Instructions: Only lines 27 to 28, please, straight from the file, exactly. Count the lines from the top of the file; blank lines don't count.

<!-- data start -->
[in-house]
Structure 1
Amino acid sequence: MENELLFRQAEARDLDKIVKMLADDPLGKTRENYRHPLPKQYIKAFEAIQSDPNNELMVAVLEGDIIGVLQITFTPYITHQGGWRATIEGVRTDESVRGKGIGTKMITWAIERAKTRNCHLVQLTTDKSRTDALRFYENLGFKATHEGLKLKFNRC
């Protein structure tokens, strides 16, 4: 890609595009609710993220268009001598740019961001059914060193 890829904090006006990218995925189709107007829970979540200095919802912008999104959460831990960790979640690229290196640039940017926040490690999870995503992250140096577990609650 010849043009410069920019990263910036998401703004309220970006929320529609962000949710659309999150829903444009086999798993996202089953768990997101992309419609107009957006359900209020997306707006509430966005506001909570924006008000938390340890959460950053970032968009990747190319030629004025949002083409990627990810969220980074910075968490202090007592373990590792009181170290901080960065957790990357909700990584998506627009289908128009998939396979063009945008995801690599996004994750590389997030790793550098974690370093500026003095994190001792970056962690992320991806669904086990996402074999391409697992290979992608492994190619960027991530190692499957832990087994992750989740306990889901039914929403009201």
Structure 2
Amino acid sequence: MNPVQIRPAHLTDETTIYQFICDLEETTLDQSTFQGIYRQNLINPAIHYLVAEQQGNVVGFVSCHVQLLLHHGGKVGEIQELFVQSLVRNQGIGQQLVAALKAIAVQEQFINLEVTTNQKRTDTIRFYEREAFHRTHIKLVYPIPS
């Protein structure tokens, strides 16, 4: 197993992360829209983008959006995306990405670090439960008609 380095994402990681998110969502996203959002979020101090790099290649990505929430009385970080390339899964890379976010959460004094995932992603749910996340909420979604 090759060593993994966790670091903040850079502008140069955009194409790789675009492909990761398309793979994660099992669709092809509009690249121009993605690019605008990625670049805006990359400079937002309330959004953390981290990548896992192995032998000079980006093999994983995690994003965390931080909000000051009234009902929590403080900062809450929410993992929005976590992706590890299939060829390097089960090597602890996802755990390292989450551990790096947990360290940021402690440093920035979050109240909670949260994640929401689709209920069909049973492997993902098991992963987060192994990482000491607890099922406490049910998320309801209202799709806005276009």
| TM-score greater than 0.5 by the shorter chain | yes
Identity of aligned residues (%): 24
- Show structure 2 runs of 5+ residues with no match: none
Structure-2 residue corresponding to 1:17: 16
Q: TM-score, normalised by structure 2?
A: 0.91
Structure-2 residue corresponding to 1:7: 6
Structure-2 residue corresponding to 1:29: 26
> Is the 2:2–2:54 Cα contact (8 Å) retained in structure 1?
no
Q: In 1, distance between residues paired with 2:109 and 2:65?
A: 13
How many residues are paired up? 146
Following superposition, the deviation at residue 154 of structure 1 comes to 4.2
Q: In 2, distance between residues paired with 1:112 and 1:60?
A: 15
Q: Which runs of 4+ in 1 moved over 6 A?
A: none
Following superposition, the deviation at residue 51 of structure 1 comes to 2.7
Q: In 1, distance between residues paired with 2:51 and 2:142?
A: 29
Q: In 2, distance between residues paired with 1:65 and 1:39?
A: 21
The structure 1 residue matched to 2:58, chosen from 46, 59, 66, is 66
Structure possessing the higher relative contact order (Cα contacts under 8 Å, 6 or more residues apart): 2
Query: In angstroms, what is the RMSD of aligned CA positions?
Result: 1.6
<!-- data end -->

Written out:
Q: In 1, distance between residues paired with 2:51 and 2:142?
A: 29